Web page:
Eternal Copyrights, Net Present Value, And Incentives
Imagine you’re a new parent at 30 years old and you’ve just published a bestselling new novel. Under the current system, if you lived to 70 years old and your descendants all had children at the age of 30, the copyright in your book – and thus the proceeds – would provide for your children, grandchildren, great-grandchildren, and great-great-grandchildren.
But what, I ask, about your great-great-great-grandchildren? What do they get? How can our laws be so heartless as to deny them the benefit of your hard work in the name of some do-gooding concept as the “public good”, simply because they were born a mere century and a half after the book was written? …
No, it’s clear that our current copyright law is inadequate and unfair. We must move to Eternal Copyright – a system where copyright never expires, and a world in which we no longer snatch food out of the mouths of our creators’ descendants. With eternal copyright, the knowledge that our great-great-great-grandchildren and beyond will benefit financially from our efforts will no doubt spur us on to achieve greater creative heights than ever seen before.
Mr. Hon went further, arguing that “Eternal Copyright should be retroactively applied so that current generations may benefit from their ancestors’ works rather than allowing strangers to rip your inheritance off.”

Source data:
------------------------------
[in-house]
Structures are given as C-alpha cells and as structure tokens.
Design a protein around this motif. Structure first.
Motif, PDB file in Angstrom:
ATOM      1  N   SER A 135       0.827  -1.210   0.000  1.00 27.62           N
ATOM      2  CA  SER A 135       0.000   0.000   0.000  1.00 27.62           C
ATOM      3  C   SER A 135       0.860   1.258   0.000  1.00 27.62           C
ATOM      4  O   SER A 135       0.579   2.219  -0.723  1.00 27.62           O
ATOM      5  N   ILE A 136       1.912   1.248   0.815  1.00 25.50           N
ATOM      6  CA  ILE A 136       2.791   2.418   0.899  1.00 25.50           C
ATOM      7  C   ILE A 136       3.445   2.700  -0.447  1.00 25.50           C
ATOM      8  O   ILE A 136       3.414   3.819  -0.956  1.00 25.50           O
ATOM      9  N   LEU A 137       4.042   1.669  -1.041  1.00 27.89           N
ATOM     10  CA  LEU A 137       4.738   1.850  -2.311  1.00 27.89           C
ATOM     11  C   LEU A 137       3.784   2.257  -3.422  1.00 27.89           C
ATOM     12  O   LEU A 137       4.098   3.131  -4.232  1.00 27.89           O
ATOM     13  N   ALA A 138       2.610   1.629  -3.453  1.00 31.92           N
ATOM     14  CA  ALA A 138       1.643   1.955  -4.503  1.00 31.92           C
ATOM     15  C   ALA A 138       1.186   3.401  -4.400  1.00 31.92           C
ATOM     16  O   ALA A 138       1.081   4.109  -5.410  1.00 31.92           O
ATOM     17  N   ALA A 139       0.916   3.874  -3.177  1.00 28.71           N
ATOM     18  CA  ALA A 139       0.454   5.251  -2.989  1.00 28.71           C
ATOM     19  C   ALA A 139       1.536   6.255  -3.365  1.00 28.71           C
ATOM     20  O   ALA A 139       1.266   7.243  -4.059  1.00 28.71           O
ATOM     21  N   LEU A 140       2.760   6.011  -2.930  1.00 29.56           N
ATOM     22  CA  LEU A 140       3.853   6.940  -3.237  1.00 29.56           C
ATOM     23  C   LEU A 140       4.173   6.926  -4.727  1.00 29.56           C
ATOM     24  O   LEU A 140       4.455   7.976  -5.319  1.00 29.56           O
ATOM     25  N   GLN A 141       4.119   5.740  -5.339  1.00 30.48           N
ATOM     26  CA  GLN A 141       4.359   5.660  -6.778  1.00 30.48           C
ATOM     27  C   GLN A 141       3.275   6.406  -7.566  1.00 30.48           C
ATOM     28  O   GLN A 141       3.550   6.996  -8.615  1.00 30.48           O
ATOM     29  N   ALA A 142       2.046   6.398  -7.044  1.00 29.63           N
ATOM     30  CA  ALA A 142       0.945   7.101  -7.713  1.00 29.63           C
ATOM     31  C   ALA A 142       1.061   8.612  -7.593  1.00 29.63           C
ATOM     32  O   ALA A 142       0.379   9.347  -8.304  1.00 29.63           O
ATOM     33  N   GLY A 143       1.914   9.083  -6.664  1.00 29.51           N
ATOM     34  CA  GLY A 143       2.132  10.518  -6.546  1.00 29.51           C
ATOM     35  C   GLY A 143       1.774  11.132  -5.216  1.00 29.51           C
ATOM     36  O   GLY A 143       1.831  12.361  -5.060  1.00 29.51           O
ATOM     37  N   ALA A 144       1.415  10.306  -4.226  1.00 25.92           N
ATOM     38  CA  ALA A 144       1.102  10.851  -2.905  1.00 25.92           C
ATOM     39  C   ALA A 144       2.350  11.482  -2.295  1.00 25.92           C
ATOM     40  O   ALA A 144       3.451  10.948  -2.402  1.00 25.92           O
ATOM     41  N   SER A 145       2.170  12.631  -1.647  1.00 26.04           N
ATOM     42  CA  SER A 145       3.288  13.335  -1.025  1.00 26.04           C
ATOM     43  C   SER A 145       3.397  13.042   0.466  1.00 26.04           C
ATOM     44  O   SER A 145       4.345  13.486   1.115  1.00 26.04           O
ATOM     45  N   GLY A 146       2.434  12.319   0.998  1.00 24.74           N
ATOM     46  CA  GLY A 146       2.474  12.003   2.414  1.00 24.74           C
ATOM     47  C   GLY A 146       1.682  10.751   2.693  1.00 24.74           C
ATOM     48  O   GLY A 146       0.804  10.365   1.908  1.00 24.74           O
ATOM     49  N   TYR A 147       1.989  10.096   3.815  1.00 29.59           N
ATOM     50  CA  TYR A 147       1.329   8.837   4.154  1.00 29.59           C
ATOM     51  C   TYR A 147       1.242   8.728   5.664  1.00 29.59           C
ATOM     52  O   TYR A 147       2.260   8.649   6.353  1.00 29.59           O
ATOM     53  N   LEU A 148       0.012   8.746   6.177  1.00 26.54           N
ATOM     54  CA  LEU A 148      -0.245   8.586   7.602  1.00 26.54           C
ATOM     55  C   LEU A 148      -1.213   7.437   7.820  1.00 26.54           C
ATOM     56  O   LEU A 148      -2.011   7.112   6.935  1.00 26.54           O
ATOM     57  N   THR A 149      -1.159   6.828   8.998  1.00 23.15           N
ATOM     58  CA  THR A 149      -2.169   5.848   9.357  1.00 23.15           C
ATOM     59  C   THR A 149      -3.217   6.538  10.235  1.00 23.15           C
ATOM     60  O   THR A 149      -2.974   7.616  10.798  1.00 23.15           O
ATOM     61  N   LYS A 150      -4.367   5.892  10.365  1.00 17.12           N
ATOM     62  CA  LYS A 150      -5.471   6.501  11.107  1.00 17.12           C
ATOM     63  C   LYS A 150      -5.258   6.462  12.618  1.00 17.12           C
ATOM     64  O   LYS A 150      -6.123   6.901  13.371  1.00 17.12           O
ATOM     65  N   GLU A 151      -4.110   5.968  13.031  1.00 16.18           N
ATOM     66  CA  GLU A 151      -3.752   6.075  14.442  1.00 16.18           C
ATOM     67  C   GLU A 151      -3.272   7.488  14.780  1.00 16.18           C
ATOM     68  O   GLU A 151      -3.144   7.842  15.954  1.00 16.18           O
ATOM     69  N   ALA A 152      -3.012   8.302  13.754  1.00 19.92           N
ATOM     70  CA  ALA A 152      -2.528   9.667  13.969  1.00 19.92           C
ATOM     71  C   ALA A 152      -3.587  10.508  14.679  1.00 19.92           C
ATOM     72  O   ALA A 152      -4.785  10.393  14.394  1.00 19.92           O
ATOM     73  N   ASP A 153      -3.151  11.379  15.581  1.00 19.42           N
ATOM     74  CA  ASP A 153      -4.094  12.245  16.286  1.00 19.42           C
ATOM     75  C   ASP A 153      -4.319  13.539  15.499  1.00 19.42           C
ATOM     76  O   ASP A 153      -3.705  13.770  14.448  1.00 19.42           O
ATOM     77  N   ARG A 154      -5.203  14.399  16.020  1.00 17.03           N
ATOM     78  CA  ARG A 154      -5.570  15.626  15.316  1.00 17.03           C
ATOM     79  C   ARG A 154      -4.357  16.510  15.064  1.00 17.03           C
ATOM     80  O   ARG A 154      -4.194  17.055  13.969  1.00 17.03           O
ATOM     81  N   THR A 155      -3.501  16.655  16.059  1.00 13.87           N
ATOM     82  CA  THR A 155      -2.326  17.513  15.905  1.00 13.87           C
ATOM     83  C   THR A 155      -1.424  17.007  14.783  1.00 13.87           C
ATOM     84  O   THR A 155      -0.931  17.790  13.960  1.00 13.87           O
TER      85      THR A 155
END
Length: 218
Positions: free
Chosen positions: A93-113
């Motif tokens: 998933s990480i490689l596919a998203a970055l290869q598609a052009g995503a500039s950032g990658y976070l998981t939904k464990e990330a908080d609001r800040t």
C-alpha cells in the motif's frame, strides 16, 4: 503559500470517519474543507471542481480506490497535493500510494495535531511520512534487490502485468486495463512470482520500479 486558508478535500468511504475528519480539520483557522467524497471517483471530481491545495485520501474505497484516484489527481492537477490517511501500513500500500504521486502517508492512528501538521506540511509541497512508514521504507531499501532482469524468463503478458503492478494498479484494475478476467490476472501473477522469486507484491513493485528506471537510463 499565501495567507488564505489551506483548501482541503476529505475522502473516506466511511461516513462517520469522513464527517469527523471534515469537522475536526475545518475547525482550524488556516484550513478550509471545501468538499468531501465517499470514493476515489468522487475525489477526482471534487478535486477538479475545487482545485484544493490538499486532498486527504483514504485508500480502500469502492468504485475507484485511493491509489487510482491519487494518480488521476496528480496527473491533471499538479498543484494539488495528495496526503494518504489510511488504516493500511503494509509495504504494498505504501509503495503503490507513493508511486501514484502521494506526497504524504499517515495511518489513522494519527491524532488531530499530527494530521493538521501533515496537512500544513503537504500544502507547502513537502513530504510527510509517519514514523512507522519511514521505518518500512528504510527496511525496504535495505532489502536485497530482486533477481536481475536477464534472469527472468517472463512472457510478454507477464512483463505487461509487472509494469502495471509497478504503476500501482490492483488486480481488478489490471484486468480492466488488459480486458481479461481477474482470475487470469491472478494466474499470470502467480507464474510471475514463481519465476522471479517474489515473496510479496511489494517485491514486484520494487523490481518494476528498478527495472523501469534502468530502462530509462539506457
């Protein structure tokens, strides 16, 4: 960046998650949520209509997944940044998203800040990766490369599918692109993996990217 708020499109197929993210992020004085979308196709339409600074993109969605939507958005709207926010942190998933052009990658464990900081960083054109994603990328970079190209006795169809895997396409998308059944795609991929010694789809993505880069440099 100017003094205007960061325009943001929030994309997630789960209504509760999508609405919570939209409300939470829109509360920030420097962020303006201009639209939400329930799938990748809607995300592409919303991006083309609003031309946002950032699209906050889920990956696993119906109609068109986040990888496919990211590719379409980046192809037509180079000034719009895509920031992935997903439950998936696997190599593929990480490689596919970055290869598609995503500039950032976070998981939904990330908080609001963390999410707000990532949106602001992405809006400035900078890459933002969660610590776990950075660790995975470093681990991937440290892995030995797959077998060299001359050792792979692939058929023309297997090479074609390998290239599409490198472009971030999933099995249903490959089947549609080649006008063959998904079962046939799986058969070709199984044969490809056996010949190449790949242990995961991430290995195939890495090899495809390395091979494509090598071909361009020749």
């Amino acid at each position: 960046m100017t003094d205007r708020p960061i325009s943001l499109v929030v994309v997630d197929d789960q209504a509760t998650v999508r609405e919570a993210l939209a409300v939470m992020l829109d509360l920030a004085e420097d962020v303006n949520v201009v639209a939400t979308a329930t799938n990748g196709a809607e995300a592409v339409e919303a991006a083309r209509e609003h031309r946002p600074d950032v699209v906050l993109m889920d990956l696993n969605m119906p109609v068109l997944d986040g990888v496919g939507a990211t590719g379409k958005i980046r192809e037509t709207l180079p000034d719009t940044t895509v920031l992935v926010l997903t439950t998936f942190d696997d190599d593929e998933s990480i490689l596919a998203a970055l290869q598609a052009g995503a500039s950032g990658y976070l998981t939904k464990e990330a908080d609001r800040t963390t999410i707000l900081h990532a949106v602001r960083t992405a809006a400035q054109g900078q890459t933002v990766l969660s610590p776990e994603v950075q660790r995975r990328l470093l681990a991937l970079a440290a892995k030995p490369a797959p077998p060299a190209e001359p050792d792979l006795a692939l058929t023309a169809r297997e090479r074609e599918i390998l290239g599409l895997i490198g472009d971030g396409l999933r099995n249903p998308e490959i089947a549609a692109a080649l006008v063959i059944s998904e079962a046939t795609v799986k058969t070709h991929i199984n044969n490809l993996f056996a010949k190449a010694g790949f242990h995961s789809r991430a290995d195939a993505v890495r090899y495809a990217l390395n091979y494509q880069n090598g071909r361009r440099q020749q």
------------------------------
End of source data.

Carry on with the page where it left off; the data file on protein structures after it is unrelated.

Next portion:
Mr. Hon’s proposal it not original, however. It matches the analysis from the economists’ amicus brief in filed an Eldred v. Ashcroft. That brief explains that the Copyright Term Extension Act’s 20-year extension of copyright terms increased the net present value of a copyright by less than 1%—an amount too small to effectively incentivize new works. The economists made Mr. Hon’s argument almost a decade before he did:
The CTEA’s extension for existing works could in theory have an effect on creators of new works, by creating an expectation that, in the future, Congress would extend copyright even more, and that this extension would apply retroactively to existing works. The maximum impact on incentives from this effect, however, is trivial because the current copyright term already has nearly the same present value as an infinite copyright term. Granting a perpetual copyright would increase compensation by at most 0.12% (at a 7% interest rate), or less once declining revenues are taken into account.
But is there no upside to a perpetual copyright? In a world where Shakespeare’s works were still protected by copyright, they might not be as widely studied as they are. One can imagine that without freely available Shakespearean classics, modern-day authors would be incentivized to write sufficiently great prose to compete for valuable space in high-school English texts. Does the free availability of eminent, public domain literature inhibit the creation of for-profit future classics? How can a 21st century would-be Shakespeare compete with the 17th century Shakespeare when the latter’s works are free? Perhaps Tom Wolfe’s works would have been different.